Myeloproliferative Neoplasms - Episode 12
Srdan Verstovsek, MD, PhD: Let’s have a nice discussion here on a number of topics. Let’s start with the diagnosis here again. Rami, we had a case here where the hematocrit level was 63%. The patient didn’t have a bone marrow biopsy, but is it absolutely necessary?
Rami Komrakji, MD: No. So you bring a good point. I don’t think you need a bone marrow for establishing the diagnosis in those cases. If the hematocrit is high enough, with the presence of a clonal marker like JAK2, I think one can make a diagnosis of polycythemia vera [PV]. However, we do get bone marrows at baseline typically, and I do them for more prognostic value and as a baseline to have as the patient’s disease progresses down the road to compare to. There are studies that look at the presence of fibrosis, for example, on the bone marrow in p vera, and that could be prognostic. I like to get a baseline because if there’s a question about transformation, I would like to compare at baseline. However, in certain cases, when the hematocrit is high enough, you have a clonal marker positive, you do not need the bone marrow for establishing the diagnosis.
Srdan Verstovsek, MD, PhD: So in this case, for example, the very high hematocrit level, with a JAK2 mutation positivity on blood, with the low serum erythropoietin, perhaps even iron deficiency, you would have enough there to say it is a PV.
Rami Komrakji, MD: Yes.
Srdan Verstovsek, MD, PhD: Now, in terms of bone marrow, so you have some prognosis there, 20% of the patients may have a grade 2 fibrosis already at the time of diagnosis. You can also do the cytogenetic analysis to see occasionally whether there are some patients with chromosomal abnormalities. Prithviraj, is there a role of a genetic testing—expensive genetic testing—other than the JAK mutation? There is some information, but is it practical to test for it? Do we need it in short order? Yes? No? Maybe?
Prithviraj Bose, MD: That’s a great question as well. I think the role of that is, right now, more of a research role because there are some mutations, SRSF2, ASXL1, and IDH, that are adverse in PV. But, again, you’re not going to act on them right now. So this is quite often a debated topic, whether everyone should be tested. Now, in research institutions such as ours, we do that, and it’s important from a research standpoint I think. But right now, from a patient care standpoint, perhaps not in a universal manner.
Srdan Verstovsek, MD, PhD: When it comes to therapy, hydroxyurea comes up as a drug of choice, although the guidelines that, Andrew, you just showed very well, would suggest hydroxyurea or interferon. Is hydroxyurea preferred in your hands, and are there cases for interferon, and once you start the cytoreductive therapy, what are the goals? Is it just hematocrit or is it something else? Is it everything else in blood cell counts, is it symptoms with the spleen? Give us a little bit of a summary here quickly. What do you choose and what do you aim for?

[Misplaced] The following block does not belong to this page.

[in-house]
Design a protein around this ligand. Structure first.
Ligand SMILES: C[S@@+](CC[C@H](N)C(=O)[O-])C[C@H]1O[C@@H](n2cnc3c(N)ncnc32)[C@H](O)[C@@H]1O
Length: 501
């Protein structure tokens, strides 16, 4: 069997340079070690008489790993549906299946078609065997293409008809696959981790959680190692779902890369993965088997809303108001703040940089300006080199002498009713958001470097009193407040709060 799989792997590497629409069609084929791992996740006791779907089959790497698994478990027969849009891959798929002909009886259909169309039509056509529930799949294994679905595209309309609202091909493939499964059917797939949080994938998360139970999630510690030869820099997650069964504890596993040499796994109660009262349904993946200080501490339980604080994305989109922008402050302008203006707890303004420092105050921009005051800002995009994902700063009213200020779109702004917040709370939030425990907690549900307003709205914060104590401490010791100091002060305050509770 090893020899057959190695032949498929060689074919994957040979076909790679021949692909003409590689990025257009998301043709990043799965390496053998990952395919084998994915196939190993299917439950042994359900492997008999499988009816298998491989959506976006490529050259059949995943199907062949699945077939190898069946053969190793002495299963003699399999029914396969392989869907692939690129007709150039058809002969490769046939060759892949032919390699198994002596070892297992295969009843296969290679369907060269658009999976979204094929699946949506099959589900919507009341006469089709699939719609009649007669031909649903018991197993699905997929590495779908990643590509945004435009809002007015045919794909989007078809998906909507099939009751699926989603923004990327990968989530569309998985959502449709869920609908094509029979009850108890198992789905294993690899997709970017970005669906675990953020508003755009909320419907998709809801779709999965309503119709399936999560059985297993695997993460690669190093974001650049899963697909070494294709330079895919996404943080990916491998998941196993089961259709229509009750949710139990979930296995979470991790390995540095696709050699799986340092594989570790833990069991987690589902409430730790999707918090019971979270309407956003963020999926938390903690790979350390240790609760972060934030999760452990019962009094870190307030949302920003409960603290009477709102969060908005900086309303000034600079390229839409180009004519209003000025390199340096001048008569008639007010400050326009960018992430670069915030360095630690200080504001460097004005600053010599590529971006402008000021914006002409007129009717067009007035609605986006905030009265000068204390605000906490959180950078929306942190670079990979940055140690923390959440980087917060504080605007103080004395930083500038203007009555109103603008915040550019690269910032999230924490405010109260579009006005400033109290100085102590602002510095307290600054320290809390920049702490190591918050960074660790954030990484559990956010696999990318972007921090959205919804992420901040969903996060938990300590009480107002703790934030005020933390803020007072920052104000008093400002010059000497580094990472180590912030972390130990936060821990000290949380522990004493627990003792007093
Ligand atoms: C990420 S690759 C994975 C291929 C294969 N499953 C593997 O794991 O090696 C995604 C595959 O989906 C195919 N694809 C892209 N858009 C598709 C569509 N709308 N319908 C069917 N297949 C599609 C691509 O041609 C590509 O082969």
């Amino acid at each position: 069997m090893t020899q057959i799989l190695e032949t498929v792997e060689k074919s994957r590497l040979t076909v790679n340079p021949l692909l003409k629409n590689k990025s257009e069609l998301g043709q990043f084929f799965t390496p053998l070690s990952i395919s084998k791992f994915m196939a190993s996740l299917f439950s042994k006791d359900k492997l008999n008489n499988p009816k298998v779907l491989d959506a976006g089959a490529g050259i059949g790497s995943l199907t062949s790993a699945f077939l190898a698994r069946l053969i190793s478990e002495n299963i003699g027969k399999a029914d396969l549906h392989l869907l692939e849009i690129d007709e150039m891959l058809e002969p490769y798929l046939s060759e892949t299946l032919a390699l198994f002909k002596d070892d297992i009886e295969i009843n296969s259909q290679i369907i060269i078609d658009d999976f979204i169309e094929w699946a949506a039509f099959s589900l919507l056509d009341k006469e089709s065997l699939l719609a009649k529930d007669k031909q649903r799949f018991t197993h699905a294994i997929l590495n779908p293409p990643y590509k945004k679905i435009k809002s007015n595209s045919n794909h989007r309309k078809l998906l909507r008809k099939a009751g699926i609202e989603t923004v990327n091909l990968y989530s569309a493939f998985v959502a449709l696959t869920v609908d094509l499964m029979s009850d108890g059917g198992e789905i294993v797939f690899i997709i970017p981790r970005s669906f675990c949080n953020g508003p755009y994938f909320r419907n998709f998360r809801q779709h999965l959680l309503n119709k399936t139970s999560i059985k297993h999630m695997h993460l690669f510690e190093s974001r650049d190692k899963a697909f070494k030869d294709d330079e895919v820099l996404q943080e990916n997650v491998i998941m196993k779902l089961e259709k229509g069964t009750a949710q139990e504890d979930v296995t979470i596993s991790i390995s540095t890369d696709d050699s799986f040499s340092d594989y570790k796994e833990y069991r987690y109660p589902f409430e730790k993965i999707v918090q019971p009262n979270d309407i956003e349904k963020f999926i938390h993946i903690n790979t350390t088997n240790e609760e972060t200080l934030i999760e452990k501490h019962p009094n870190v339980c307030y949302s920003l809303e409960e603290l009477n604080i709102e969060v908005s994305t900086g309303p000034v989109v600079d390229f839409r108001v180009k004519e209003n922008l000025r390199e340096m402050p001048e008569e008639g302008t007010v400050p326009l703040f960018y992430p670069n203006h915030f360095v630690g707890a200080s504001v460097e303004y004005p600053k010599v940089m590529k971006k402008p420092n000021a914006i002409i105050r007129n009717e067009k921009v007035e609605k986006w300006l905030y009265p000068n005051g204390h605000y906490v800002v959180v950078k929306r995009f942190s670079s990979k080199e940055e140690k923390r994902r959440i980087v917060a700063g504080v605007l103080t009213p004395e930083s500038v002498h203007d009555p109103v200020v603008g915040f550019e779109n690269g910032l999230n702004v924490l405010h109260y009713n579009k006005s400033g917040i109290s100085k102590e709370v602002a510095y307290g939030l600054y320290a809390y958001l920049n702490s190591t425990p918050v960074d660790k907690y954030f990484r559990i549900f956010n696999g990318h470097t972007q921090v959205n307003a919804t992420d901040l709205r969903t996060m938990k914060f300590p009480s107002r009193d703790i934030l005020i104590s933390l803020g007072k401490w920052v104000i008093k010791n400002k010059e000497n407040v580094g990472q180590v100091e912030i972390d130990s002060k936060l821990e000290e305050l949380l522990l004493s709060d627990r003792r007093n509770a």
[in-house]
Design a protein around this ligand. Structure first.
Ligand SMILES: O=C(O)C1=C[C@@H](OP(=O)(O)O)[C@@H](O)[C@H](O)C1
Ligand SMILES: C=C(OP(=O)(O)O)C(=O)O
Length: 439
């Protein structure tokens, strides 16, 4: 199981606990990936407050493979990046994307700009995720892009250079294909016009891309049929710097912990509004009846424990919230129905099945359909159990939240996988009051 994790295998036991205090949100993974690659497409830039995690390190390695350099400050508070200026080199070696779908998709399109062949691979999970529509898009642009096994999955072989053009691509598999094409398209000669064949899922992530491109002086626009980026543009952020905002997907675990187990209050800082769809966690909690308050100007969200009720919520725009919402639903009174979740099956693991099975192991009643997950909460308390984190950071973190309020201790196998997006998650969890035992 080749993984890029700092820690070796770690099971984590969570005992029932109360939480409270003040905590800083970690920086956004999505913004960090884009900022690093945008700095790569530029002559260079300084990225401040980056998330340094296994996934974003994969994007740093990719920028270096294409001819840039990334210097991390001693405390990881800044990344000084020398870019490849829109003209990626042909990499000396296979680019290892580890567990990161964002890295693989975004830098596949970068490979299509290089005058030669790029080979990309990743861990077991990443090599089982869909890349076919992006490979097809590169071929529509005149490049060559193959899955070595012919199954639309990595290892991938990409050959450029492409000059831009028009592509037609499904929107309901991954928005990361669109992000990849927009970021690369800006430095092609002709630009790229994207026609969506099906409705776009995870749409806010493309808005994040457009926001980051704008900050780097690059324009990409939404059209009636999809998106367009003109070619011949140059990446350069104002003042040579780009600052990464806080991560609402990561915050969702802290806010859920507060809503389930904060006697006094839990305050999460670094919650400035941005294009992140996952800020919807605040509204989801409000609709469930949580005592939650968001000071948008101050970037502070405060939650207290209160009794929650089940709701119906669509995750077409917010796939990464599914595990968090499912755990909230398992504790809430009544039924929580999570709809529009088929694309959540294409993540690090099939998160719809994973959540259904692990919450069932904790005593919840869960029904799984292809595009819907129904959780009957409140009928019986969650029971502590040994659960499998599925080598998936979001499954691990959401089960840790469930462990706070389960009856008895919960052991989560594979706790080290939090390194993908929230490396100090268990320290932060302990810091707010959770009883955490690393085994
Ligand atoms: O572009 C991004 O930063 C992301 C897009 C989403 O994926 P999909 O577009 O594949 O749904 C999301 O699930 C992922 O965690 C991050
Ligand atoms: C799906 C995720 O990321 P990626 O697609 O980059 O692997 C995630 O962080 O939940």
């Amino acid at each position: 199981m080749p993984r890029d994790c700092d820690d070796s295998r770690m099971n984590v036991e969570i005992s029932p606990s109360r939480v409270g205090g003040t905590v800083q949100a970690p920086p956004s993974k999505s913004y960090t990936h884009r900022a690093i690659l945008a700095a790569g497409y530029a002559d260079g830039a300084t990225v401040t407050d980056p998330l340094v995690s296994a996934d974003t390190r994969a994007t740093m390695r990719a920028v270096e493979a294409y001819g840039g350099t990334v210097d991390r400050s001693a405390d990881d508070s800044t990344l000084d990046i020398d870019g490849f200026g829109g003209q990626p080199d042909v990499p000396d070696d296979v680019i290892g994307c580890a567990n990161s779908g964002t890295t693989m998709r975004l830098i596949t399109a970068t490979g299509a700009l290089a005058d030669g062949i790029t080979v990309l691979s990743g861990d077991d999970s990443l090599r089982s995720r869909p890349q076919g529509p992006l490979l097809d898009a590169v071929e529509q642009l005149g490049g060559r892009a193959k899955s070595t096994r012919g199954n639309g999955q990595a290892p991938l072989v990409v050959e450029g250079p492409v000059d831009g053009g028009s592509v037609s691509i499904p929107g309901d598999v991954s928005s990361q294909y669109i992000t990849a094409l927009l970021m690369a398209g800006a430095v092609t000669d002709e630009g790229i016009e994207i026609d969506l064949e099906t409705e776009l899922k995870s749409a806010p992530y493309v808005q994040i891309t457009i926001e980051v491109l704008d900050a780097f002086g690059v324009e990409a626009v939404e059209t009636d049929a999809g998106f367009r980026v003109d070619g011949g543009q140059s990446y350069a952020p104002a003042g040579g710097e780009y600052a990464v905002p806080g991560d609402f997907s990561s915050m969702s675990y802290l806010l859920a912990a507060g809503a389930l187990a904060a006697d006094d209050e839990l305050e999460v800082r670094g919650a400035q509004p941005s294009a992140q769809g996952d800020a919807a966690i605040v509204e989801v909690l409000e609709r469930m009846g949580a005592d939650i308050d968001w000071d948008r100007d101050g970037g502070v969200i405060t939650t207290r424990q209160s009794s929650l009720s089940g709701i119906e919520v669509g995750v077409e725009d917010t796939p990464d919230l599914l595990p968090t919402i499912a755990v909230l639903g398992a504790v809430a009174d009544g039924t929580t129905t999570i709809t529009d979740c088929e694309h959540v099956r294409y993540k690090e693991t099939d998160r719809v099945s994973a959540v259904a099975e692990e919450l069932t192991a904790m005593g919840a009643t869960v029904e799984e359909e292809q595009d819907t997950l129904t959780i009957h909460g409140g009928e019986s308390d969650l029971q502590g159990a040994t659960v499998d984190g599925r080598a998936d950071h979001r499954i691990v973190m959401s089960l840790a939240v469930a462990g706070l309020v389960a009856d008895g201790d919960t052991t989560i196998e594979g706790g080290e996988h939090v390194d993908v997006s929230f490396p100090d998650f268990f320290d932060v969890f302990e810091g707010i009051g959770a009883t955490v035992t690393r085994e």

Andrew Kuykendall, MD: I think when starting patients on therapy, we mentioned the hydroxyurea and interferon are both first-line options. Typically speaking, I think that we often consider interferon more for younger patients—that we think there’s maybe a little bit of a better role for using this long term in those, and hydroxyurea more for the older patients. Now, I think they are both options, and certainly they’re very different and there’s a lot of discussion as far as which one is more appropriate in different circumstances. As far as hydroxyurea, we know it’s been used for a long time. It’s easy, we have expected adverse effects that we know how to manage, it’s relatively cheap, it’s oral and easy to take. Interferon, for the most part we’re using pegylated interferon, which is a subcutaneous injection given weekly. The cost of that is a little bit different, so sometimes, it factors into that as well.
But the goal of this is to really improve the quality of life of the patient and prevent thrombosis. In general, polycythemia vera has a favorable prognosis, so we have to think about not just improving quantity of life or reducing the risk of thrombotic events, but also maintaining a quality of life as well. So, when you mention the aspects of what do we consider uncontrolled disease in the setting of cytoreductive therapy, I think there are easy things. We want to prevent thrombosis, we want to be able to control blood counts, we want to keep people functional and active. But there’s also a lot of other things that go into this. Hydroxyurea, ruxolitinib was very good at controlling symptoms of the disease, and symptoms of the disease are something that is what bothers patients on a day-to-day basis. In someone whose blood counts are controlled, but have debilitating symptoms or symptoms that are bothersome, I think that’s a failure of our therapy and we need to consider other options. In the same manner, if we’re on some sort of treatment that is requiring the patient to have phlebotomies every month, I think that can also be considered a failure of therapy.
Transcript edited for clarity.